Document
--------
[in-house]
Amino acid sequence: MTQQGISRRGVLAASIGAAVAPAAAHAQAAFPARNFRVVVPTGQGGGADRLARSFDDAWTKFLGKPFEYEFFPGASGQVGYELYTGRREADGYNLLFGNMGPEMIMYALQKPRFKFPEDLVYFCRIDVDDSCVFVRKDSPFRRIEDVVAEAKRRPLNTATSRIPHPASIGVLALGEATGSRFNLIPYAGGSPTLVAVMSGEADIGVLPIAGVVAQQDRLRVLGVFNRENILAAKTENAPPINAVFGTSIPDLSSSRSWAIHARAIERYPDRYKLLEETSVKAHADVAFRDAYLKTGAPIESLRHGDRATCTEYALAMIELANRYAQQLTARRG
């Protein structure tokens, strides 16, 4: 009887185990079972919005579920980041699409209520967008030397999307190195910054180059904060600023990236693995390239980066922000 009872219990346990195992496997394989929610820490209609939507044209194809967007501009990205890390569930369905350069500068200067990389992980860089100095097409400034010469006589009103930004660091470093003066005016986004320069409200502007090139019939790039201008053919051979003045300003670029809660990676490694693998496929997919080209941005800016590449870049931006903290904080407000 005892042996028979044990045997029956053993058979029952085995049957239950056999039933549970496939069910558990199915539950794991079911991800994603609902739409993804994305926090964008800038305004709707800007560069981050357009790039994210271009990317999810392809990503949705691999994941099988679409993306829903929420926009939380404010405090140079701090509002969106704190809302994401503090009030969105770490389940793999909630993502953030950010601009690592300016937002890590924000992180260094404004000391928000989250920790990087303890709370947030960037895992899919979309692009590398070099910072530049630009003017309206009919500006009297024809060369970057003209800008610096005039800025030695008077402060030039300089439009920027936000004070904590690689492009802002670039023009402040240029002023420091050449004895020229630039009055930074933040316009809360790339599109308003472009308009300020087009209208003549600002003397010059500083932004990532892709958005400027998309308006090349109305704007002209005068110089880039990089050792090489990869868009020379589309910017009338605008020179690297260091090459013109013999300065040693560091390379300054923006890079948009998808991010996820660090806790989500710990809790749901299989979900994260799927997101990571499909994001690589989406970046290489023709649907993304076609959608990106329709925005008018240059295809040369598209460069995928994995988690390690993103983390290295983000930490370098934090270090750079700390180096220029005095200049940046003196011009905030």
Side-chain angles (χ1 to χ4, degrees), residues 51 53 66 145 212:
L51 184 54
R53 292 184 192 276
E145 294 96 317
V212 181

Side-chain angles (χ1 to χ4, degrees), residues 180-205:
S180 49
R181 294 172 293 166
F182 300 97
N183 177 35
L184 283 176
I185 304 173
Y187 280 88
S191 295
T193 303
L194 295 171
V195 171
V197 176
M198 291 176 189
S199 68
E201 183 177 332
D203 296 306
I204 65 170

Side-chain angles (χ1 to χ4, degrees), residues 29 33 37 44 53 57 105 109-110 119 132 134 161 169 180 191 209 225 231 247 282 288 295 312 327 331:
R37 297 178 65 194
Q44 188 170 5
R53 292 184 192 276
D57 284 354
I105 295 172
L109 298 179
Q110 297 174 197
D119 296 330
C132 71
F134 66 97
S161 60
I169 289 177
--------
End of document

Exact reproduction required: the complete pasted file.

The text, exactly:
[in-house]
Amino acid sequence: MTQQGISRRGVLAASIGAAVAPAAAHAQAAFPARNFRVVVPTGQGGGADRLARSFDDAWTKFLGKPFEYEFFPGASGQVGYELYTGRREADGYNLLFGNMGPEMIMYALQKPRFKFPEDLVYFCRIDVDDSCVFVRKDSPFRRIEDVVAEAKRRPLNTATSRIPHPASIGVLALGEATGSRFNLIPYAGGSPTLVAVMSGEADIGVLPIAGVVAQQDRLRVLGVFNRENILAAKTENAPPINAVFGTSIPDLSSSRSWAIHARAIERYPDRYKLLEETSVKAHADVAFRDAYLKTGAPIESLRHGDRATCTEYALAMIELANRYAQQLTARRG
């Protein structure tokens, strides 16, 4: 009887185990079972919005579920980041699409209520967008030397999307190195910054180059904060600023990236693995390239980066922000 009872219990346990195992496997394989929610820490209609939507044209194809967007501009990205890390569930369905350069500068200067990389992980860089100095097409400034010469006589009103930004660091470093003066005016986004320069409200502007090139019939790039201008053919051979003045300003670029809660990676490694693998496929997919080209941005800016590449870049931006903290904080407000 005892042996028979044990045997029956053993058979029952085995049957239950056999039933549970496939069910558990199915539950794991079911991800994603609902739409993804994305926090964008800038305004709707800007560069981050357009790039994210271009990317999810392809990503949705691999994941099988679409993306829903929420926009939380404010405090140079701090509002969106704190809302994401503090009030969105770490389940793999909630993502953030950010601009690592300016937002890590924000992180260094404004000391928000989250920790990087303890709370947030960037895992899919979309692009590398070099910072530049630009003017309206009919500006009297024809060369970057003209800008610096005039800025030695008077402060030039300089439009920027936000004070904590690689492009802002670039023009402040240029002023420091050449004895020229630039009055930074933040316009809360790339599109308003472009308009300020087009209208003549600002003397010059500083932004990532892709958005400027998309308006090349109305704007002209005068110089880039990089050792090489990869868009020379589309910017009338605008020179690297260091090459013109013999300065040693560091390379300054923006890079948009998808991010996820660090806790989500710990809790749901299989979900994260799927997101990571499909994001690589989406970046290489023709649907993304076609959608990106329709925005008018240059295809040369598209460069995928994995988690390690993103983390290295983000930490370098934090270090750079700390180096220029005095200049940046003196011009905030």
Side-chain angles (χ1 to χ4, degrees), residues 51 53 66 145 212:
L51 184 54
R53 292 184 192 276
E145 294 96 317
V212 181

Side-chain angles (χ1 to χ4, degrees), residues 180-205:
S180 49
R181 294 172 293 166
F182 300 97
N183 177 35
L184 283 176
I185 304 173
Y187 280 88
S191 295
T193 303
L194 295 171
V195 171
V197 176
M198 291 176 189
S199 68
E201 183 177 332
D203 296 306
I204 65 170

Side-chain angles (χ1 to χ4, degrees), residues 29 33 37 44 53 57 105 109-110 119 132 134 161 169 180 191 209 225 231 247 282 288 295 312 327 331:
R37 297 178 65 194
Q44 188 170 5
R53 292 184 192 276
D57 284 354
I105 295 172
L109 298 179
Q110 297 174 197
D119 296 330
C132 71
F134 66 97
S161 60
I169 289 177